Commonwealth ‘all thumbs’ on social policy, says former top public servant

By David Donaldson

Tuesday July 17, 2018

The federal bureaucracy’s diminished ability is such that Terry Moran wouldn’t trust the Commonwealth “with organising a collection of funds to build the local church”. But he thinks the new Treasury boss should be given a chance.

Much of the federal bureaucracy has “learned institutional stupidity” and lost the ability to develop decent social policy, thinks Terry Moran, former secretary of the Department of the Prime Minister and Cabinet.

While certain parts of government, such as the national security agencies, are competent, much of the domestic policy bureaucracy has been “eroded and corrupted”, he said on Monday night in discussion with former prime minister Kevin Rudd, hosted by Latrobe University’s Ideas and Society Program.

“After you take out national security you’re left with domestic policy, largely social policy. And in that area the Commonwealth is all thumbs and I wouldn’t trust them with organising a collection of funds to build the local church.

“Because in the last 30 years those areas have got rid of — in health, education, elsewhere — any substantial number of people who actually know how those big systems work and brought in instead lots of microeconomists and generalists. I should say I was recruited as a generalist and am probably still one, but I think you can have too many generalists.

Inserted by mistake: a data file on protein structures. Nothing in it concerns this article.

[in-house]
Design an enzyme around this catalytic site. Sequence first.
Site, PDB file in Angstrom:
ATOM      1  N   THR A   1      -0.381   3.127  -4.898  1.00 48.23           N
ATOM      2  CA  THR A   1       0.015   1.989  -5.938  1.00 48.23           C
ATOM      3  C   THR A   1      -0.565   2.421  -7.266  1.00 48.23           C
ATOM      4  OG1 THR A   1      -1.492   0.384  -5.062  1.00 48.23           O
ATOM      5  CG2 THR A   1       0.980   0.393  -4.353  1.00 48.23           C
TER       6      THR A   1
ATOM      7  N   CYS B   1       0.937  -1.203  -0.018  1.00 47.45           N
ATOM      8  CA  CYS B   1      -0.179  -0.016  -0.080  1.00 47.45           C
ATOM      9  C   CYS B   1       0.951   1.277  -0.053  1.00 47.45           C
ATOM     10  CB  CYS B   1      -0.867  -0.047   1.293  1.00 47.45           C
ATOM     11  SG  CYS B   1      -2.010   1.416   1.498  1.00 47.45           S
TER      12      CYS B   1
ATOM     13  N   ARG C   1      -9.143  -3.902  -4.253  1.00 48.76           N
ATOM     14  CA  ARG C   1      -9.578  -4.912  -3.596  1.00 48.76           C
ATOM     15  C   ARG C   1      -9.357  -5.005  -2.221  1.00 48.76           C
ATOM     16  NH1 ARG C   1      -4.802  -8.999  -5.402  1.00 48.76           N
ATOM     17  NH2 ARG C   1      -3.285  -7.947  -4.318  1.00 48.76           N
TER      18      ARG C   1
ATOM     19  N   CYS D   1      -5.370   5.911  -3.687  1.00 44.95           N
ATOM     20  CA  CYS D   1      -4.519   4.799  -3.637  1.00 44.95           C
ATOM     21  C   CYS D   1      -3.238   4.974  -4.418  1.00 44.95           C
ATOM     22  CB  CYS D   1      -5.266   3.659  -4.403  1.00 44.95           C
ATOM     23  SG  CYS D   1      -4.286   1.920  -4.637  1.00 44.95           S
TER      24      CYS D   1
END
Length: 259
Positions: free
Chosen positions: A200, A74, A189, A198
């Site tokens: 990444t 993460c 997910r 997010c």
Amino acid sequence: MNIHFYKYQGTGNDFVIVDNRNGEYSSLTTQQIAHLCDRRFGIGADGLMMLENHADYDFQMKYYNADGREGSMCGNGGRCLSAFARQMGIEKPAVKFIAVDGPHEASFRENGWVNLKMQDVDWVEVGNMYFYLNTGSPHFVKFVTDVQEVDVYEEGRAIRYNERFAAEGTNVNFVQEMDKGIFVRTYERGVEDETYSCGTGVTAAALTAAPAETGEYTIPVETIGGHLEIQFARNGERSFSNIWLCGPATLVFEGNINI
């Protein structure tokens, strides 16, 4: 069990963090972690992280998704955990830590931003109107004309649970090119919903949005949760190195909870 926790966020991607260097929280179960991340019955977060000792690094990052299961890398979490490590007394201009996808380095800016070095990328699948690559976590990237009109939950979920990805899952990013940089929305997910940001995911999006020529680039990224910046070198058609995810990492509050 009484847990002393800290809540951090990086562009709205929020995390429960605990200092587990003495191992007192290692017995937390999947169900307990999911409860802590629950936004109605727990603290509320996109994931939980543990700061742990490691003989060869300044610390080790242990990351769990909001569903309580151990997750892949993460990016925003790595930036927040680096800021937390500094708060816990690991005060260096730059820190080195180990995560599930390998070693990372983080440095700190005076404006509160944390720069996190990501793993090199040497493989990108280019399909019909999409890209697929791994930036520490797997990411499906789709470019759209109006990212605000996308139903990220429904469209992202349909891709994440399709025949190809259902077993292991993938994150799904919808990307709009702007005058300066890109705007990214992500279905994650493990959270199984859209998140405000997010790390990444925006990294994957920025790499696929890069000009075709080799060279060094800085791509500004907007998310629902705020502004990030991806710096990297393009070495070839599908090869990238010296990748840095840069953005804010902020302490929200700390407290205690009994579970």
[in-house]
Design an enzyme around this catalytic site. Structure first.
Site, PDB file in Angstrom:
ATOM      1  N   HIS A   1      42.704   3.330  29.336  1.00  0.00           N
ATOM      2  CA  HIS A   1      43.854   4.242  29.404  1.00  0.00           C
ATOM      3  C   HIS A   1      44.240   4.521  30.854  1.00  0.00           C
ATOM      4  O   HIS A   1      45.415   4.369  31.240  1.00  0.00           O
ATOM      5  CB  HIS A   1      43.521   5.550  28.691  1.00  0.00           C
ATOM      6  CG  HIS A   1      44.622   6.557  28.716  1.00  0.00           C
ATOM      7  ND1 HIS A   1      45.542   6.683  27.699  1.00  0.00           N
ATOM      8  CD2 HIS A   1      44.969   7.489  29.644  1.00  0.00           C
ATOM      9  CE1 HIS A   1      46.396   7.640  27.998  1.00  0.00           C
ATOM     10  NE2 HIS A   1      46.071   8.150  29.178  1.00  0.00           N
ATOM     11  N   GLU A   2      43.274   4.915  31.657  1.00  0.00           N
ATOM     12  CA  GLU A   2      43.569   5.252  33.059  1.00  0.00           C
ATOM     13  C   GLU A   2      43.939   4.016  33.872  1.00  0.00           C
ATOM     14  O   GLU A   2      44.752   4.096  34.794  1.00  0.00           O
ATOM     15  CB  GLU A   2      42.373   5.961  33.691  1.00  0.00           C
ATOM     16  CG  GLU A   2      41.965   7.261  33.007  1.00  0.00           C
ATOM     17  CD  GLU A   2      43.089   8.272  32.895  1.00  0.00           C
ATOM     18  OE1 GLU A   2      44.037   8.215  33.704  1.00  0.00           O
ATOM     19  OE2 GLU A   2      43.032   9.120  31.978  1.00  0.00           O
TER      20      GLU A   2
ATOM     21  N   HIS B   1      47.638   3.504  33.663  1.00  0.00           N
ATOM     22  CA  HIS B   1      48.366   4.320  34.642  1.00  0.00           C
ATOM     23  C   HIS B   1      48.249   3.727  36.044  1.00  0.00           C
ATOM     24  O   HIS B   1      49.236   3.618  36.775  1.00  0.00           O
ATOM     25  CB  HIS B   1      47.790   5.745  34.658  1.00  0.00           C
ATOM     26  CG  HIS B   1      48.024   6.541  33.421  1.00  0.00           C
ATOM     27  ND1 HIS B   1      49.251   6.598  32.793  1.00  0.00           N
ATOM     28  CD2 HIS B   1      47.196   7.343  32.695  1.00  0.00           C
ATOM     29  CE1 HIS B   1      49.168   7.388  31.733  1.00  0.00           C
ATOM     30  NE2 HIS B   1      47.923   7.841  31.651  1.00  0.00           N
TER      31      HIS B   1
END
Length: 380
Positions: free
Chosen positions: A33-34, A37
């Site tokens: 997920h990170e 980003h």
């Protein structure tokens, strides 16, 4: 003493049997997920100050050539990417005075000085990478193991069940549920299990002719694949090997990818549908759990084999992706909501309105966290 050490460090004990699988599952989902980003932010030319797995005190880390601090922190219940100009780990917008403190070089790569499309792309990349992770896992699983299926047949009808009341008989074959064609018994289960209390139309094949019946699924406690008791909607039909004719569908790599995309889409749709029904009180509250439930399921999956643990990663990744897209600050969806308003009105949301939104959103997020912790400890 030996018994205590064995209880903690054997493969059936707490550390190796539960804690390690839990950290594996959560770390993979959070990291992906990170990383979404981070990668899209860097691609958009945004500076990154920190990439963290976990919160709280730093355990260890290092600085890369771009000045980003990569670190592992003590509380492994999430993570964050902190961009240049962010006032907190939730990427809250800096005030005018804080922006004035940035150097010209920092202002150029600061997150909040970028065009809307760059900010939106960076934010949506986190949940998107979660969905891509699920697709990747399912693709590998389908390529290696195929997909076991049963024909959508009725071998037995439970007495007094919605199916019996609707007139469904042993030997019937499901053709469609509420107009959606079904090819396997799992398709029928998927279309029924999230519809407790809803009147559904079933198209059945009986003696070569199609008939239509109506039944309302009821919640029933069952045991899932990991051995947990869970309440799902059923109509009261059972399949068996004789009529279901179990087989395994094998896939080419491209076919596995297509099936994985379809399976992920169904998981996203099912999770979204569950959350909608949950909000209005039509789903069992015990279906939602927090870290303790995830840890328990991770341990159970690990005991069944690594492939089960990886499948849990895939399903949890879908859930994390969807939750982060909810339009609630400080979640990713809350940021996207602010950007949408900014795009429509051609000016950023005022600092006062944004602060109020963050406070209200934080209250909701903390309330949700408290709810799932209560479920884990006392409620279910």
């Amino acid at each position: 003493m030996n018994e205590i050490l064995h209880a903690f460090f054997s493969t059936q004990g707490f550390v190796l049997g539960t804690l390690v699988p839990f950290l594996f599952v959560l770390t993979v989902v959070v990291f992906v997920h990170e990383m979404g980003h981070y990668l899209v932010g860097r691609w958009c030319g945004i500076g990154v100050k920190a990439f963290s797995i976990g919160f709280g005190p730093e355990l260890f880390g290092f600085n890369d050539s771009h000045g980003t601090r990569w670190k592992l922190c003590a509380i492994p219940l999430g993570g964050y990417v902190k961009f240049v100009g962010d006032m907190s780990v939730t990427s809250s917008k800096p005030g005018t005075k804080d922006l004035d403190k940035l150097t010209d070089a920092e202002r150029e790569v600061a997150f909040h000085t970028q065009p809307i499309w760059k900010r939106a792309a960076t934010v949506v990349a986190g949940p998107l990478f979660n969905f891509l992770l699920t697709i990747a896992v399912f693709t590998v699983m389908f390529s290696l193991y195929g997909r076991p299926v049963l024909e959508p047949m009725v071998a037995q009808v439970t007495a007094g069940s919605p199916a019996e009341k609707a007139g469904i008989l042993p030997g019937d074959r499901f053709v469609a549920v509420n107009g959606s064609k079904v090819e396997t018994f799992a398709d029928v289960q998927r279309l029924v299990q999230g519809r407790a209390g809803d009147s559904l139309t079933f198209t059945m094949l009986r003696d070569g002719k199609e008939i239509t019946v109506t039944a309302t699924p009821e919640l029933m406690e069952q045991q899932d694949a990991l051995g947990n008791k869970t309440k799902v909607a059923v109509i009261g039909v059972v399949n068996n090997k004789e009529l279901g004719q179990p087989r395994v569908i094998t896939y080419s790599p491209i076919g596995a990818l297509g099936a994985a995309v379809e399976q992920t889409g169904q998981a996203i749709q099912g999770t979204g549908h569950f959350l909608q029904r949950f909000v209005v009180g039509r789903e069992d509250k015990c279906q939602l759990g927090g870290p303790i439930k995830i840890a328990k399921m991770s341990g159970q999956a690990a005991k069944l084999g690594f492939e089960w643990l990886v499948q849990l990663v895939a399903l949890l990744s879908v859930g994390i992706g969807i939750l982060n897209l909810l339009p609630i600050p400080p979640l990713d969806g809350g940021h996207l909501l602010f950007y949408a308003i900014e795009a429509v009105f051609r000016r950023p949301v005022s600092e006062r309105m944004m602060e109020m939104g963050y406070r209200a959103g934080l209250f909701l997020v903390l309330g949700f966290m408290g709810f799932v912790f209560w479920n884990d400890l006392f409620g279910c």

“I think Martin’s doing a good job of rebuilding [PM&C] after a rough time. My only problem is there are too many economists in it.”

“In those departments the answer to almost any problem is: create a market, frame the market, put a price on it, and go for light handed regulation. And wherever possible also outsource. Not only service delivery but also core government functions.

“We’ve got into the position where those parts of the public service have learned institutional stupidity — this is in Canberra — and they simply don’t have a clue about how the big systems in Melbourne and Brisbane and elsewhere actually work. That’s the problem that ought to be the focus in the Australian Public Service.

“The Australian Public Service is not, in my view, irredeemably screwed, all over, it’s just that specific part of it that has been eroded and corrupted.”

He also gave his assessment of how his old department is faring.

“I think Martin [Parkinson]’s doing a good job of rebuilding it after a rough time. My only problem is there are too many economists in it,” he said.

“You need more people in that department as well who know how things work on the ground.”

Arguing that the federal government “doesn’t even follow what’s happening with its own programs using the data that it has”, Moran suggested increasing the states’ role in social policy — or even giving some such responsibilities to local government.

As he is living in the United States, Rudd was not keen to get into current domestic issues, but argued that the federal government is poorly placed to understand how social policy affected regular people’s lives.